Lancair Owners and Builders Organization

Procedures and Safety

Procedures won’t save you (or your passengers) if you don’t know and follow them.

JeffHeadby jeff edwards

This year LOBO conducted a review of all Lancair accidents and incidents going back to the first in 1988: a hard landing in a 235. Since then there have been over 550 accidents and incidents involving the Lancair fleet. Our analysis utilized the same methodologies employed by the General Aviation Joint Steering Committee and used the same taxonomy they employed ensuring all parties reviewing the data are on the same music sheet. The subject matter experts from LOBO who studied this data are seasoned Lancair builders, fliers and instructors with thousands of hours in Lancairs.

Our review made some interesting discoveries. One of the most interesting is that the number one causal factor was “failure to follow procedures.” I say this is interesting because you would think that the pilot in command would know and follow best practices found in the POH. After all, the regulations require us to know everything necessary for a flight.  For example, in more than one case we found pilots who experienced a gear malfunction chose to land with the gear up rather than follow alternate gear extension procedures. Ouch!

This isn’t  a problem in just the Lancair community. The NTSB determined the deadly crash of a Gulfstream G-IV at Bedford, MA in May 2014 occurred after the crew failed to accomplish a pre-takeoff flight control check, a failure encouraged by long-standing, habitual non-compliance with basic preflight procedures. This finding prompted the National Business Aviation Association to conduct an industry-wide survey, which found that habitual non-compliance with procedure is widespread among business aviation flight departments. Senior Avionics and Safety Editor for Aviation Week and Space Technology John Croft says checklists and procedures add layers of safety to aircraft operation. But, he says, those layers have flaws, like the holes in Swiss cheese. And when everything stacks up wrong the holes can align, allowing an error to fall through and develop into an incident or accident like this one involving a Cessna 172.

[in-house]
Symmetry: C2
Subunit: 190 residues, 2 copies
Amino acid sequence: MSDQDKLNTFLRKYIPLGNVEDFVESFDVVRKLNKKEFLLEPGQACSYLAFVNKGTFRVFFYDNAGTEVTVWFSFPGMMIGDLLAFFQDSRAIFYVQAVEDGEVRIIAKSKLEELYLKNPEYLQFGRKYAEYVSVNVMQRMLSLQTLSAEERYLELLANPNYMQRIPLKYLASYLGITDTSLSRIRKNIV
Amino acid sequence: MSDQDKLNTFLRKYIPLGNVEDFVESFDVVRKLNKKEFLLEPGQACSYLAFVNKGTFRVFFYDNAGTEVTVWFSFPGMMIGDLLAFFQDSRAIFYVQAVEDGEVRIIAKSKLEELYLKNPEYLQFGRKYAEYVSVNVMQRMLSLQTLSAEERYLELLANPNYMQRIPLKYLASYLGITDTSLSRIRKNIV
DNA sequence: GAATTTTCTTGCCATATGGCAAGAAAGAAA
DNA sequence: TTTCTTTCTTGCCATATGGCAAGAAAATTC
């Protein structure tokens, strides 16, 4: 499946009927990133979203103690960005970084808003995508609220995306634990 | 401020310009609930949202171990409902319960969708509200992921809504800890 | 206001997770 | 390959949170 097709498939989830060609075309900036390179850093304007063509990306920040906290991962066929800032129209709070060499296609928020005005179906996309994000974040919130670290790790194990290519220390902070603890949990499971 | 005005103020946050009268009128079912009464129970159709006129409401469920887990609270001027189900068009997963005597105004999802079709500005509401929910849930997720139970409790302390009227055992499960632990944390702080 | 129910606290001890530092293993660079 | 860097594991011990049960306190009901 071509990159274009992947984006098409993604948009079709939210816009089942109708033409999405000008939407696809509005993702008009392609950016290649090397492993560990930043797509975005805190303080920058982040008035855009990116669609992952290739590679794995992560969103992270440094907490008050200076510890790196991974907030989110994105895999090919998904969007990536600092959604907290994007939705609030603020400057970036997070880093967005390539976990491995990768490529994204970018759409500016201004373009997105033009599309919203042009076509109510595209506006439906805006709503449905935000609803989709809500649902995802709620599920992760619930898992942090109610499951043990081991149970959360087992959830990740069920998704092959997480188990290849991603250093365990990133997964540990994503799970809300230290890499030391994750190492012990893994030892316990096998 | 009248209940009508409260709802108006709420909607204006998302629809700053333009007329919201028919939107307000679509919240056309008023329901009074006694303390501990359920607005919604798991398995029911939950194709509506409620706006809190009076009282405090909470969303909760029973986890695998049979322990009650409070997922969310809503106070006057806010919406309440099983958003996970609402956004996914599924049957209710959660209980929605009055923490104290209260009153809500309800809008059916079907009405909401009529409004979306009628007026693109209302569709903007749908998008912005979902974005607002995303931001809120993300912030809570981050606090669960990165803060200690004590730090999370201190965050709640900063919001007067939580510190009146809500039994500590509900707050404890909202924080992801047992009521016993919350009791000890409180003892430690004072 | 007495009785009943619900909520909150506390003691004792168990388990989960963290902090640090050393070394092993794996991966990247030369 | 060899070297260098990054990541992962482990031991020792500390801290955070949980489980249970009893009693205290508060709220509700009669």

On February 20, 1962 NASA astronaut Lt. Col. John Glenn orbited the earth three times in the Mercury capsule, Freedom 7. He wrote a flight report that was featured in the April 23, 1962 issue of Aviation Week & Space Technology. His comments are as applicable now as they were then. He said, “Humans always have fear of an unknown situation—that is normal. The important thing is what we do about it. If fear is permitted to become a paralyzing thing that interferes with proper action then it is harmful. The best antidote to fear is to know all we can about a situation.” What Glenn encouraged aviators to do was to know everything about their aircraft, about their environment and about themselves as pilots before they get in the cockpit. Sound familiar? FAR 91.103 requires that each pilot in command, before beginning a flight, become familiar with all available information concerning that flight.

Most of the military aviators in our group recall that during training they had to memorize emergency procedures and identify every cockpit switch and control blindfolded. Once qualified, they had to pass routine monthly, quarterly and annual written, verbal and practical tests on the aircraft they flew. They were told—and data collected from accident investigation confirmed—that without acquiring and maintaining such knowledge they would be a danger to themselves and others. The danger is no different for GA pilots. What is different is that if we don’t acquire and maintain critical knowledge we often share the danger with passengers who are precious to us: our spouses, children and grandchildren.

Knowledge is Life